On basis of the results of this decision-tree analysis, the combined use of MRI and PET appears to be superior to the use of MRI alone in the surgical therapy planning of supratentorial high-grade gliomas. Compared with MRI alone, the ICER of PET and MRI was less than euro5,000 per life-year gained, even if the admissible-charge-rate scenario was assumed, indicating that PET in addition to MRI may be a cost-effective option.
This is the first, to our knowledge, cost-effectiveness study of amino acid PET-guided surgery for high-grade gliomas. Our analysis has 2 major strengths: first, because various factors may affect the costs, particularly the costs for the tracer substances, 2 scenarios (baseline and admissible- charge rate) were calculated. Second, the costs of PET used for this analysis were based on a reimbursement scale for medical procedures resulting in robust assumptions for the application of this add-on technology. Additional costs due to technologic difficulties or training of care givers are included in the admissible-charge-rate scenario. For calculating the costs of the tracer, 2 options (in-house production of the tracer and acquiring it by purchase) were considered, resulting in a realistic representation of the economic consequences of PET.
The calculations of costs of PET are well in line with those of other studies. For example, in studies from the United States, costs ranged from $1,200 to $2,200 (corresponding currently to about euro880 to euro1,600 (25,26)), and a study from France applied costs of euro1,034 (27). Although in these studies costs are related to PET with 18F-FDG (the most commonly used PET tracer) and no study has evaluated the calculation of costs of amino acid PET so far, we would not expect remarkable differences.
The decision-tree model is based on the assumption that a complete resection of the tumor leads to a more favorable prognosis for the patients. This assumption is in accordance with several studies (28-31) and with international guidelines that recommend the maximal safe resection for newly diagnosed supratentorial malignant glioma in adults (level II recommendation indicating a moderate degree of clinical certainty (32)).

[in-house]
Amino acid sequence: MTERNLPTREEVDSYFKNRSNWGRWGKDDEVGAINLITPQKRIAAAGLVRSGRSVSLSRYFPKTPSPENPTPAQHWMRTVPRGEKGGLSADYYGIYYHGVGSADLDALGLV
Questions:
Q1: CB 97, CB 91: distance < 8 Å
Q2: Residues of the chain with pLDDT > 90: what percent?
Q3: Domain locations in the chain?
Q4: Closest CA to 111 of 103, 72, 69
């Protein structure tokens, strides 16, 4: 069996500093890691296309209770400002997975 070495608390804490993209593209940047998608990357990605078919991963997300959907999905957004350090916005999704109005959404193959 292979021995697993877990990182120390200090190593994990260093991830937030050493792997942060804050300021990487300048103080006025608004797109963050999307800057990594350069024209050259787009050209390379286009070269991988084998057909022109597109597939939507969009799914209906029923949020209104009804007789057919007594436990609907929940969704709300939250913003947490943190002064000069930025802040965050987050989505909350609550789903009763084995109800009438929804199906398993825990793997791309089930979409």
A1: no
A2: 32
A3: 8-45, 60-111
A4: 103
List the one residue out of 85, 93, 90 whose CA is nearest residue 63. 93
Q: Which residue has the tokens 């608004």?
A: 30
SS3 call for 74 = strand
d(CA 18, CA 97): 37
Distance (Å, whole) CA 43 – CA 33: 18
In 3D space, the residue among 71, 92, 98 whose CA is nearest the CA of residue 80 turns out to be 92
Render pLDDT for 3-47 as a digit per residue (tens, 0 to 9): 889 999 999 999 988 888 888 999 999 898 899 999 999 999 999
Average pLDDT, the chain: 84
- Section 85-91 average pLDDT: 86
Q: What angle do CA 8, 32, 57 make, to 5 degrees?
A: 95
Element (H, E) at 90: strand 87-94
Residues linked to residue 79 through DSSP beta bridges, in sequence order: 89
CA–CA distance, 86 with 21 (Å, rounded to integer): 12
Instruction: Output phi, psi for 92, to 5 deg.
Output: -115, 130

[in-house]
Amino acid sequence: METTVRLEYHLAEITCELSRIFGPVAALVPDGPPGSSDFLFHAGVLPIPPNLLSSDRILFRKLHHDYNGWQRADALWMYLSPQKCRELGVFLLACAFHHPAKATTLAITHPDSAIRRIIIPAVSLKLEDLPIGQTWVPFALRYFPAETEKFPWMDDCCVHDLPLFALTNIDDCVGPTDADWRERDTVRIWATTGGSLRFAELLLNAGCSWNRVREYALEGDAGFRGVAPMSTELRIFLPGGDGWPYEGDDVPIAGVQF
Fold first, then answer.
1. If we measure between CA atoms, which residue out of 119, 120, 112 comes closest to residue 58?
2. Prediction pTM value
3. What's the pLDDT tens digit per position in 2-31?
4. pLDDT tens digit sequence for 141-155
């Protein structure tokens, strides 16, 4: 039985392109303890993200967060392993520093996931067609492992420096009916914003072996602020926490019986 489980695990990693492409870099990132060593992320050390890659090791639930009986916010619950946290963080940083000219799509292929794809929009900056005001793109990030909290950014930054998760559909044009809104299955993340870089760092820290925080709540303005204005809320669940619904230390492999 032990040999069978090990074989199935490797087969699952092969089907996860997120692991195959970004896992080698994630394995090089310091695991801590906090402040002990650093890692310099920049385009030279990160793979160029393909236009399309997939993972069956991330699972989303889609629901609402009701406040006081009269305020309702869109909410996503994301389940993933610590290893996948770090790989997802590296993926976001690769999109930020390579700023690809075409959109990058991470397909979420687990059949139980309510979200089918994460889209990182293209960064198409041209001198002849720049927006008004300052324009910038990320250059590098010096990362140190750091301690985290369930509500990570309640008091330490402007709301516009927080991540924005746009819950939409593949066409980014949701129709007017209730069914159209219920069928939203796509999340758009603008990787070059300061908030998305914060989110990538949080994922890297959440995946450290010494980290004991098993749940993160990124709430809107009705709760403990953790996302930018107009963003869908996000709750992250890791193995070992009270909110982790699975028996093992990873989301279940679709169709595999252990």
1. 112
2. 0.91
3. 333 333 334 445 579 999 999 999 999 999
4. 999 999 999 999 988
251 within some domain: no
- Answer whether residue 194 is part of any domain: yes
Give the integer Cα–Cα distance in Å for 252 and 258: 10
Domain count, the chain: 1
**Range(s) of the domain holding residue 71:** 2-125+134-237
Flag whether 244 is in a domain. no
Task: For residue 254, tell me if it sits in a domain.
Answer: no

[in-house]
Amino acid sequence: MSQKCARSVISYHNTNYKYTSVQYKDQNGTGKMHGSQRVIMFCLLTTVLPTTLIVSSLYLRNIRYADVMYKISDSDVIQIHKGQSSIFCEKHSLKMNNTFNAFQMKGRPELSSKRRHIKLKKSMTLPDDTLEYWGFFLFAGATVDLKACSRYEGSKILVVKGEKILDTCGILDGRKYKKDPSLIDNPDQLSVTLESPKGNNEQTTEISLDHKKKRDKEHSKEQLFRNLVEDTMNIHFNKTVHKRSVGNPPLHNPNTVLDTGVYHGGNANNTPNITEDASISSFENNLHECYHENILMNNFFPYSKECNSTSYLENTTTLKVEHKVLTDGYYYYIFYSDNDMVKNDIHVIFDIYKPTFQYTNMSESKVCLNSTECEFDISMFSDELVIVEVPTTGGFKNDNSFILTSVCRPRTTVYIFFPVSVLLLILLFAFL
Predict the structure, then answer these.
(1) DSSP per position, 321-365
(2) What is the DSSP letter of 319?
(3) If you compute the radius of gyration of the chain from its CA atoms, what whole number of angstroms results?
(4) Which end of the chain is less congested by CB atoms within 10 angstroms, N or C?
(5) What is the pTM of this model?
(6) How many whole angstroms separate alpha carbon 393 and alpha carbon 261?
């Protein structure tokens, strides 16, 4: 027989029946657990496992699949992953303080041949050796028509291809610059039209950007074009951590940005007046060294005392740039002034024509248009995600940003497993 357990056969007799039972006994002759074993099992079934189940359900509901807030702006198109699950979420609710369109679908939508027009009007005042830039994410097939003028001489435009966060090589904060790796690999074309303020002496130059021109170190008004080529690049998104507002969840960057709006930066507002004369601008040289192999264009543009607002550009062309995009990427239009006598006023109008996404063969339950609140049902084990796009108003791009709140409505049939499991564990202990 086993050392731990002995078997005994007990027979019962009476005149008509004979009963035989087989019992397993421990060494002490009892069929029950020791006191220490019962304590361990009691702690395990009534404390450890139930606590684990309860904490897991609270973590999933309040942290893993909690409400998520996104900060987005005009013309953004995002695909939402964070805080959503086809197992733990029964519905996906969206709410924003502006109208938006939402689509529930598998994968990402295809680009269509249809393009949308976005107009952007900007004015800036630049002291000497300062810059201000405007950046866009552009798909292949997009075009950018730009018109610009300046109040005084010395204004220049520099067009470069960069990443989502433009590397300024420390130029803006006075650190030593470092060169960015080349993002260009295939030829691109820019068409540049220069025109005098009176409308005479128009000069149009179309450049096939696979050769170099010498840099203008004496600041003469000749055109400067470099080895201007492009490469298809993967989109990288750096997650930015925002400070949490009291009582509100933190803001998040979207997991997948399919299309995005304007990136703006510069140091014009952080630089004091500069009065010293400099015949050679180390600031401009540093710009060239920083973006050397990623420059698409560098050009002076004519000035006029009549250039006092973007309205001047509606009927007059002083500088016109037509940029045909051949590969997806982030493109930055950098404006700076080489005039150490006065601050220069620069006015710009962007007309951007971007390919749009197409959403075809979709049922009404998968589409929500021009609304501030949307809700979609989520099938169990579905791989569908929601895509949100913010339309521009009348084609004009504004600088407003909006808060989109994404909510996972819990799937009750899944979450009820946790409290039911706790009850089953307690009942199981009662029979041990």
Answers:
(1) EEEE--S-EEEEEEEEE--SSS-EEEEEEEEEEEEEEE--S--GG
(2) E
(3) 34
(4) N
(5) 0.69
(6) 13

Recently, 5-aminolevulinic acid (5-ALA), a metabolic marker of glioma cells, is increasingly used to identify tumor tissue intraoperatively. Compared with conventional surgery, the completeness of surgical resection can be improved using 5-ALA, resulting in an improved progression-free survival (30). A recent study, however, has shown that 5-ALA fluorescence, compared with amino acid PET, has a limited sensitivity to detect tumor tissue, especially in low-grade gliomas (33). Future studies may directly compare the results of resection guided either by 5-ALA or by amino acid PET.
For this analysis, several limitations have to be considered. First, only limited clinical evidence is available to build the model because the data could be derived only from a nonrandomized controlled study. The study of Pirotte et al. (18), from which clinical data were taken, did not have a control group based on the results of MRI alone. To evaluate the diagnostic methods, the results of MRI alone and MRI combined with PET were analyzed separately after the surgical resection. Moreover, in this study the physicians were not masked. Thus, an expectation bias (i.e., the tendency of the physicians to evaluate data according to their expectations (34)) might have influenced the results.
It may be argued that an evaluation of the cost-effectiveness of PET-guided resection of high-grade gliomas presupposes efficacy data based on randomized controlled trials. However, this would require withholding the PET scan from patients, resulting in a decreased mean survival. Even if the underlying evidence can only be considered preliminary, some authors judge the withholding of PET as inappropriate from an ethical point of view (35,36).
Although Pirotte et al. (18) addressed for the first time the influence of PET-guided resection of brain tumors on survival of the patients, the superiority of amino acid PET, compared with MRI, in the definition of the tumor extent has been repeatedly demonstrated (8,9,12,37,38). In addition, a recent study on the use of amino acid PET after radiochemotherapy indirectly confirmed the results of Pirotte et al. (18). They demonstrated that patients with an early decrease in posttherapeutic PET uptake had both an increased median disease-free survival (10.3 vs. 5.8 mo; P , 0.01) and an increased overall survival (not reached vs. 9.3 mo; P , 0.001), compared with patients with higher uptakes in posttherapeutic PET (39). Similar results have been found in studies with amino acid SPECT tracers, which are comparable to the amino acid PET tracers (40). Although none of these results was based on randomized controlled trials, this is the best available evidence.